By Eugene Huang (guest contributor)

So you made your first foray into real estate some years back and are now sitting pretty on a property that has appreciated. You pride yourself on that smart decision. With the current depressed property market, as a savvy and sophisticated investor, you have the stamina to hold on to your current property (or properties) but do not want to lose out on the opportunity to ‘buy low’ at this point.

So you want to buy another property, drawn in by what look like attractive prices. Why not? Home values have dropped for more than 3 years now, posting the longest losing streak in 17 years. The view going forward doesn’t look like prices are going to rebound. Also, cooling measures seem to be here to stay.

You should tread carefully. You may be familiar with the rules of the cooling measures, but may not truly understand how far reaching they are. You may face obstacles in getting a loan approved or lack adequate collateral backing. The worst case scenario is to be caught in a situation where you have the financial means but still face with problems buying another property as you have difficulty getting a loan.

Let’s look at the four considerations any buyer should take note of before buying another property.

Consideration #1 – Additional Buyer’s Stamp Duty (ABSD)

First announced in 2011 and revised on 12 Jan 2013, the ABSD was introduced to slow the growth of the property market. It is a tax payable on top of the normal Buyers Stamp Duty when you purchase or acquire a residential property, i.e. it is applicable to both HDB flats and Private Properties. This has significantly increased the initial capital outlay when you are purchasing your 2nd and subsequent properties. One important point to note that if a Singaporean purchases the property with a PR or foreigner, the higher rate will apply.

Consideration #2 – LTV (Loan To Value)

The LTV is the housing loan quantum a bank or financial institution is willing offer as a percentage of the valuation of the property in question. Again, this was not spared from the far reaching impact of the cooling measures to curb property speculation and prices.

The highlights of the current rules are:

  • All residential property loans are now only allowed a maximum loan tenure of 35 years
  • If you take up a loan of more than 30 years or if it extends past the age of 65, you can either:
  • borrow up to 60% of property value if you do nothave an existing housing loan
  • borrow up to 40% of property value if you have an existing housing loan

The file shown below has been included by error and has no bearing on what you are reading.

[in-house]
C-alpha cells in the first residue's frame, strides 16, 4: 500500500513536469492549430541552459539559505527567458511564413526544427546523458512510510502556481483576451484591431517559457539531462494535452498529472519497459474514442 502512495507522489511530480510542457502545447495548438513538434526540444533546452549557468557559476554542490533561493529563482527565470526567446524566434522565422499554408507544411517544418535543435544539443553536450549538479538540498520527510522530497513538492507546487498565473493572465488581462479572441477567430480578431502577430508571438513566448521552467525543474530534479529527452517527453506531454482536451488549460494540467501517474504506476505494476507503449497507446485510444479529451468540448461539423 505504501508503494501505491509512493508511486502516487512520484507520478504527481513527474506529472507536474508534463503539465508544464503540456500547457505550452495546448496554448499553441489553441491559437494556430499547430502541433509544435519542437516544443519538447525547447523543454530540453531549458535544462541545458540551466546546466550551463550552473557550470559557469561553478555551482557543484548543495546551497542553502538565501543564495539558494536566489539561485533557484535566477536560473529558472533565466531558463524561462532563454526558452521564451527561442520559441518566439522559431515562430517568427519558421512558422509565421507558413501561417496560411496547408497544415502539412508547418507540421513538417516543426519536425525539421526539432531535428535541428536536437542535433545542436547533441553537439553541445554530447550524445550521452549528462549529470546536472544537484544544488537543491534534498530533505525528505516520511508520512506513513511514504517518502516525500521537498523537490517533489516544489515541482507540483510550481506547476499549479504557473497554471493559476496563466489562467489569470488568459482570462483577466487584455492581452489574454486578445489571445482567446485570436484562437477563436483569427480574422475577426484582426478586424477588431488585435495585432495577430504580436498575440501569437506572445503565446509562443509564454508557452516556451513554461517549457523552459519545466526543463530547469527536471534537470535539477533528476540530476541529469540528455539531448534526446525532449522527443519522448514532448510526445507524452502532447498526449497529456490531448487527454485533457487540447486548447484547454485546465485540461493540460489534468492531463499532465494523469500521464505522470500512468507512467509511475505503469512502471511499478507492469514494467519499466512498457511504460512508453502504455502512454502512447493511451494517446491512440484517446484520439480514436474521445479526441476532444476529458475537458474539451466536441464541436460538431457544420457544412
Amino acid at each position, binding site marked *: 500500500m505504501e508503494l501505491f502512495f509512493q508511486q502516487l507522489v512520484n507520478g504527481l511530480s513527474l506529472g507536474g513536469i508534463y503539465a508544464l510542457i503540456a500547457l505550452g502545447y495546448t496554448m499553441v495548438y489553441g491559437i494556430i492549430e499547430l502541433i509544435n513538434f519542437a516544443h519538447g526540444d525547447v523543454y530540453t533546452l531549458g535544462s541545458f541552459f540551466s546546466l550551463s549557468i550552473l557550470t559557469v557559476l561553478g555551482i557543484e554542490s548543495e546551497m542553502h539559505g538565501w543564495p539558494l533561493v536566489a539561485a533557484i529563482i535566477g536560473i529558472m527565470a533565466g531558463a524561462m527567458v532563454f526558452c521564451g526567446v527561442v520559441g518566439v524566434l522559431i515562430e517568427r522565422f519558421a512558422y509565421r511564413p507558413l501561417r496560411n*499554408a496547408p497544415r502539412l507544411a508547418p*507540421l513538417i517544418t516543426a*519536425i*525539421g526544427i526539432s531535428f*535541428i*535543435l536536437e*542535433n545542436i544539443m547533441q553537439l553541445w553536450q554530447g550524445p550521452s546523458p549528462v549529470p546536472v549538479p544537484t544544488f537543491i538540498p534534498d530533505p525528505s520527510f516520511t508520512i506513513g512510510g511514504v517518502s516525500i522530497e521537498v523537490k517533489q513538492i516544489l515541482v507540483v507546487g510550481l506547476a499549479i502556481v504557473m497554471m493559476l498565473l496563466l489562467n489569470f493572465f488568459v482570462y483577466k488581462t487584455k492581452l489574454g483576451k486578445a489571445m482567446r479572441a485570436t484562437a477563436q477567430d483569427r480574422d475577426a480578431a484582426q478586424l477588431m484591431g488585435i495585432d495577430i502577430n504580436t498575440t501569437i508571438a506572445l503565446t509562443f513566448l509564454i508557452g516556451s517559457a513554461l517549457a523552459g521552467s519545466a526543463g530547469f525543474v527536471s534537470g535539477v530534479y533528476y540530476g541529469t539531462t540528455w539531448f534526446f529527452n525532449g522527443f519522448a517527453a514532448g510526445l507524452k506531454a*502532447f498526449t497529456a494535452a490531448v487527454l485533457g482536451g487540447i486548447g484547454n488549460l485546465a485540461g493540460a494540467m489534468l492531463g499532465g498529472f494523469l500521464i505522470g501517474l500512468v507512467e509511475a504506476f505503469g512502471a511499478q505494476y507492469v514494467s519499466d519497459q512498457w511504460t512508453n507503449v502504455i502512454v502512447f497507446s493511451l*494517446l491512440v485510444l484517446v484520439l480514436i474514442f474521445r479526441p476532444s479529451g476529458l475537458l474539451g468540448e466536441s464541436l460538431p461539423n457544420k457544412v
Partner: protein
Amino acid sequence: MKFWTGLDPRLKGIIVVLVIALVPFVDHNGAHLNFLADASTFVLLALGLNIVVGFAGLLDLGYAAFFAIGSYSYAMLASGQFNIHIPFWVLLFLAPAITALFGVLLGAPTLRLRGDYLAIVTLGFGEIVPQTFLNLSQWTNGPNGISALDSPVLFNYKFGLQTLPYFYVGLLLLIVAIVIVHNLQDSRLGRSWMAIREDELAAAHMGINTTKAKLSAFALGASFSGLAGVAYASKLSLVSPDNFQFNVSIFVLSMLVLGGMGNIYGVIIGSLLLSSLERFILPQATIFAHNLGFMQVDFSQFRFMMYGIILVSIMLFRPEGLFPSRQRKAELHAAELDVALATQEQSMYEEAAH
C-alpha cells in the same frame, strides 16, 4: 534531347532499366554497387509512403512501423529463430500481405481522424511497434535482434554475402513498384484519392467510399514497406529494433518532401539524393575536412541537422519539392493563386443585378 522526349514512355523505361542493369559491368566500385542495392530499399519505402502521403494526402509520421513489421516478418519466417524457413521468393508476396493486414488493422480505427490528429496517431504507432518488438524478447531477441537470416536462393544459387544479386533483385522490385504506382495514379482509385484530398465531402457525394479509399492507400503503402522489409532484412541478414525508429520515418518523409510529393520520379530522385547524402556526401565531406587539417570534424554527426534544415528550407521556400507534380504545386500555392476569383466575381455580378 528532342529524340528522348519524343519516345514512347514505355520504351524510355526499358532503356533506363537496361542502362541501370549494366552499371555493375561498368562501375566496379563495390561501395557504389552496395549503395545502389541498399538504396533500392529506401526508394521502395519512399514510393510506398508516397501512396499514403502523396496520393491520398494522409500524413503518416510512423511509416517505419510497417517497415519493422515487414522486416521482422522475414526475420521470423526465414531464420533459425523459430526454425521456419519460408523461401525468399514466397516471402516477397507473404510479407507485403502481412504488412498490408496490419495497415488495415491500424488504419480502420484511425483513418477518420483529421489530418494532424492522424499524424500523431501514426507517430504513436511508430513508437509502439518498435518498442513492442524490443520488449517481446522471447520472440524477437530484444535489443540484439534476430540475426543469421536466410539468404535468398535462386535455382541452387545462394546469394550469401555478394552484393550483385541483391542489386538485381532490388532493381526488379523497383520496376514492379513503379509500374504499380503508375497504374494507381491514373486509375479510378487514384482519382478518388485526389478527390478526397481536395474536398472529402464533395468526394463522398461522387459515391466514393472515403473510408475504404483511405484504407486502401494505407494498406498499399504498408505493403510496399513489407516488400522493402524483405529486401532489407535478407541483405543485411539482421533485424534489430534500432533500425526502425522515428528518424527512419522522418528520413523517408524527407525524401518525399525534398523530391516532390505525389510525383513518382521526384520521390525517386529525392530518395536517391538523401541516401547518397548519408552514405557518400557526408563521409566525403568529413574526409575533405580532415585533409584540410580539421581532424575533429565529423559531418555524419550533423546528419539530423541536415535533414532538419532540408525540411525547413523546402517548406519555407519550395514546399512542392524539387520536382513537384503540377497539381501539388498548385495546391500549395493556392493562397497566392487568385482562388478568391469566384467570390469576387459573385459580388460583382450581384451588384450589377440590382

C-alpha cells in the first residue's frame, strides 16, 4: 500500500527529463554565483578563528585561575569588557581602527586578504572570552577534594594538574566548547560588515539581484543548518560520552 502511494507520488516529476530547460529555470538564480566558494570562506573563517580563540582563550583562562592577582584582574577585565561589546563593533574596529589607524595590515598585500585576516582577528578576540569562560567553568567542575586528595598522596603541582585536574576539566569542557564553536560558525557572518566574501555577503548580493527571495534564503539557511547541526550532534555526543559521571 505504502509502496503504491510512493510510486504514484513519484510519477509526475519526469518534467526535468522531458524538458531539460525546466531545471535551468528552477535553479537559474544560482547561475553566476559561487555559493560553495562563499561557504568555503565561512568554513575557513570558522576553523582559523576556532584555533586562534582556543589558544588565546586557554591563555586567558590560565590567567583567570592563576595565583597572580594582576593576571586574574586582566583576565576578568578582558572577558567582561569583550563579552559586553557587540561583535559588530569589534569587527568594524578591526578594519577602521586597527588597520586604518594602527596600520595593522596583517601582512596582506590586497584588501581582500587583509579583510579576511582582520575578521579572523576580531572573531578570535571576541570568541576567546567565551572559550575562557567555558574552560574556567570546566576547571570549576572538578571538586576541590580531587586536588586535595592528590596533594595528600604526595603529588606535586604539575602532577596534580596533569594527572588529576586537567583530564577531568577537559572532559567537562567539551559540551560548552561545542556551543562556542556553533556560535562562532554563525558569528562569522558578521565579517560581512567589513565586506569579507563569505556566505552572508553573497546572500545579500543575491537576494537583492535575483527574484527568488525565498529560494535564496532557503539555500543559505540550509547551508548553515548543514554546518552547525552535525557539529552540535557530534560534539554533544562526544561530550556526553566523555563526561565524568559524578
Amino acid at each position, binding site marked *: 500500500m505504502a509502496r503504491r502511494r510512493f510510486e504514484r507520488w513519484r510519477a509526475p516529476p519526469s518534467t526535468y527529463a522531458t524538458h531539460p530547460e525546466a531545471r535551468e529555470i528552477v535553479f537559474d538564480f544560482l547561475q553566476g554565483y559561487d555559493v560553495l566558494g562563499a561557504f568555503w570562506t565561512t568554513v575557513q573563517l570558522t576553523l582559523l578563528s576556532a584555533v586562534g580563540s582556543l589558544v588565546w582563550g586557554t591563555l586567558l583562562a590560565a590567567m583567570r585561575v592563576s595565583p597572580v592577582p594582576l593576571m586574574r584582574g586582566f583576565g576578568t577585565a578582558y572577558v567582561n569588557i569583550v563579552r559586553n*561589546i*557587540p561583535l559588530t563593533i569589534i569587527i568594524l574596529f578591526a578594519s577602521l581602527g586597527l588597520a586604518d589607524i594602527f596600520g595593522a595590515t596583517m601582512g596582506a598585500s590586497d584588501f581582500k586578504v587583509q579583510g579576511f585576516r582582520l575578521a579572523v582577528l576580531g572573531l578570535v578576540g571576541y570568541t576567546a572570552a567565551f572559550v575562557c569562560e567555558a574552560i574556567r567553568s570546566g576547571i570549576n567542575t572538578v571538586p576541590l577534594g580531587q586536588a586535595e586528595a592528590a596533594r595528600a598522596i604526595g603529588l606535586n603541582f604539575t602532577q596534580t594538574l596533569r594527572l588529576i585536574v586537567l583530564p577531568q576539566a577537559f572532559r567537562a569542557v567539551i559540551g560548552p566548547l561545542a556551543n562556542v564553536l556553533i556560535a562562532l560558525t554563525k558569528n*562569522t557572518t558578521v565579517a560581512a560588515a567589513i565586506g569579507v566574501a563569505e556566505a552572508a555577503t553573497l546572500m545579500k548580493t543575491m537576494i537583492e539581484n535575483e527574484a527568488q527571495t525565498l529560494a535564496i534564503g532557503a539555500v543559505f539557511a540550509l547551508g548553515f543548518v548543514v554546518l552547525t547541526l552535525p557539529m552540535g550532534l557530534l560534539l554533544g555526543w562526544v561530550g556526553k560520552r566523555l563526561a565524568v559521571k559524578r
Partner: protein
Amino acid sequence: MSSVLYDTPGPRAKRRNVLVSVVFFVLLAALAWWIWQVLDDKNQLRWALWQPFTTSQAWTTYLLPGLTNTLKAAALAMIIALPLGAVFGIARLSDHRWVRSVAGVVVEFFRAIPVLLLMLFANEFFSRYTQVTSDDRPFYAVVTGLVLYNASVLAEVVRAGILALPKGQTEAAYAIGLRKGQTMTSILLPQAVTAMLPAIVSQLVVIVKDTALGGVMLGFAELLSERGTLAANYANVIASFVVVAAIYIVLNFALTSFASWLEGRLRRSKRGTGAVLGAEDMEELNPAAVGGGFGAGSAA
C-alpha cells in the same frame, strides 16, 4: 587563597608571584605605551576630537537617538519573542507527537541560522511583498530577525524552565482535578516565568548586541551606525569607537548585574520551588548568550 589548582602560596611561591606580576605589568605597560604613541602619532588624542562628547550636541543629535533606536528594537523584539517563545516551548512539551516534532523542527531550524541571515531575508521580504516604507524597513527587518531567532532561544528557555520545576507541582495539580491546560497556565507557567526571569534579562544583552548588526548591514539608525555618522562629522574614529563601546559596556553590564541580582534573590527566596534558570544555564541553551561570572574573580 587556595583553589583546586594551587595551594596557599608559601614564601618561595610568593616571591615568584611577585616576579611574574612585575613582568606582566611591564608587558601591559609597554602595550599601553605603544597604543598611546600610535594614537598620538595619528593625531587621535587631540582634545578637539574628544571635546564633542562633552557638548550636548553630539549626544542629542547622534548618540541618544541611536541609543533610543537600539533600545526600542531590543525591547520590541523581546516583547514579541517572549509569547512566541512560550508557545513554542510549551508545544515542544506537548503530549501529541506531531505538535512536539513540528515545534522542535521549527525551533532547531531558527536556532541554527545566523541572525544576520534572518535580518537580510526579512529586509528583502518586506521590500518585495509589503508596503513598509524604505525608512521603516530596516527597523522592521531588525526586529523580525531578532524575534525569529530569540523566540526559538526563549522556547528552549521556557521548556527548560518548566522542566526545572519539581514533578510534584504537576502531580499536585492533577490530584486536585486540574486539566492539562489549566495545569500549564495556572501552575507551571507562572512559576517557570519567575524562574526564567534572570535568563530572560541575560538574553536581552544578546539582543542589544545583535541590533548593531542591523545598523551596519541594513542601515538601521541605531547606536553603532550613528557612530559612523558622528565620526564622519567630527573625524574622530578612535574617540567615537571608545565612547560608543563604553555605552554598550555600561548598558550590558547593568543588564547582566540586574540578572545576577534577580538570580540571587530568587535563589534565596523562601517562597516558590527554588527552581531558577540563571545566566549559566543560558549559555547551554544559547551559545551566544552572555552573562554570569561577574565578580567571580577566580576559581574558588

The same rules will be applied to refinancing residential properties. Non-individual borrowers will now have a cap of 40% LTV.

We have not taken property valuation into consideration. With a conservative approach adopted by property valuers these days, the cash portion to be paid upfront will also be significantly increased if the valuation do not meet the purchase price, adding to the burden of an already reduced LTV.

Consideration #3 – TDSR (Total Debt Servicing Ratio)

It is not easy to understand the workings of the TDSR, especially for first time applicants of mortgage loans. However, the objective of the TDSR is to prevent an individual from being overextended because of a property purchase. Whether the property is for investment purposes or for owner occupation, it is to safeguard you from purchasing a property that is above your means. Just remember this magic formula:

Total commitment / Total income <= 60%

Consideration #4 – MSR (Mortgage Servicing Ratio)

MSR caps the amount an individual can spend on mortgage repayments to 30% of a borrower’s gross monthly income (excluding other commitments) and it comes into effect on 12 Jan 2013. Unlike the TDSR, which is applicable to all housing loans, MSR applies to HDB flats and ECs (Executive Condominiums), including the refinancing of these loans. After which, they also have to fulfil the TDSR assessment of 60% where all commitments will be included.

The logic of these measures are simple but the impact to you as a property investor is greater than the sum of the parts put together.

By guest contributor Eugene Huang, who is a co-founder of Redbrick, an established mortgage advisory that assists investors and homeowners in sourcing for the best financing option catered for their needs. They partner with major local and international financial institutions and deal with the banks on the consumers’ behalf. Having come from the local banking industry, Eugene Huang possesses over a decade of proven track record in providing financing solutions for real estate owners. In addition, the team at Redbrick has handled over 2,000 properties and over SGD$2 billion in mortgages. More than just a local mortgage advisory, they also structure and source for both commercial and residential mortgages in Asia-pacific including Singapore, Malaysia, Thailand, Australia, as well as Japan, USA and the UK.

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